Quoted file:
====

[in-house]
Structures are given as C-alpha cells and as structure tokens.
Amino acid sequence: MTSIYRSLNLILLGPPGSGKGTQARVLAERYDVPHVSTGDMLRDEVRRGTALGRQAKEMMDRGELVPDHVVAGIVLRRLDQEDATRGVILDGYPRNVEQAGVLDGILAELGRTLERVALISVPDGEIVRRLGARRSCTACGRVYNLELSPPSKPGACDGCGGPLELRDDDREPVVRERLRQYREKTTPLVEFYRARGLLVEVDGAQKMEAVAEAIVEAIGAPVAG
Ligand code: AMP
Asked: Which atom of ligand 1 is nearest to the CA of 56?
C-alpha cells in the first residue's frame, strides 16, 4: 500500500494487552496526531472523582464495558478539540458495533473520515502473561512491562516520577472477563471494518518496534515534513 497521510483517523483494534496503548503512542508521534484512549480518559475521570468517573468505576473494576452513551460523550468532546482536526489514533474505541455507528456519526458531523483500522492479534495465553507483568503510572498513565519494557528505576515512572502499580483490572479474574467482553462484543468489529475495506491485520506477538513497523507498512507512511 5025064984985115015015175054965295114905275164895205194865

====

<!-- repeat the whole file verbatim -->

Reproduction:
[in-house]
Structures are given as C-alpha cells and as structure tokens.
Amino acid sequence: MTSIYRSLNLILLGPPGSGKGTQARVLAERYDVPHVSTGDMLRDEVRRGTALGRQAKEMMDRGELVPDHVVAGIVLRRLDQEDATRGVILDGYPRNVEQAGVLDGILAELGRTLERVALISVPDGEIVRRLGARRSCTACGRVYNLELSPPSKPGACDGCGGPLELRDDDREPVVRERLRQYREKTTPLVEFYRARGLLVEVDGAQKMEAVAEAIVEAIGAPVAG
Ligand code: AMP
Asked: Which atom of ligand 1 is nearest to the CA of 56?
C-alpha cells in the first residue's frame, strides 16, 4: 500500500494487552496526531472523582464495558478539540458495533473520515502473561512491562516520577472477563471494518518496534515534513 497521510483517523483494534496503548503512542508521534484512549480518559475521570468517573468505576473494576452513551460523550468532546482536526489514533474505541455507528456519526458531523483500522492479534495465553507483568503510572498513565519494557528505576515512572502499580483490572479474574467482553462484543468489529475495506491485520506477538513497523507498512507512511 5025064984985115015015175054965295114905275164895205194865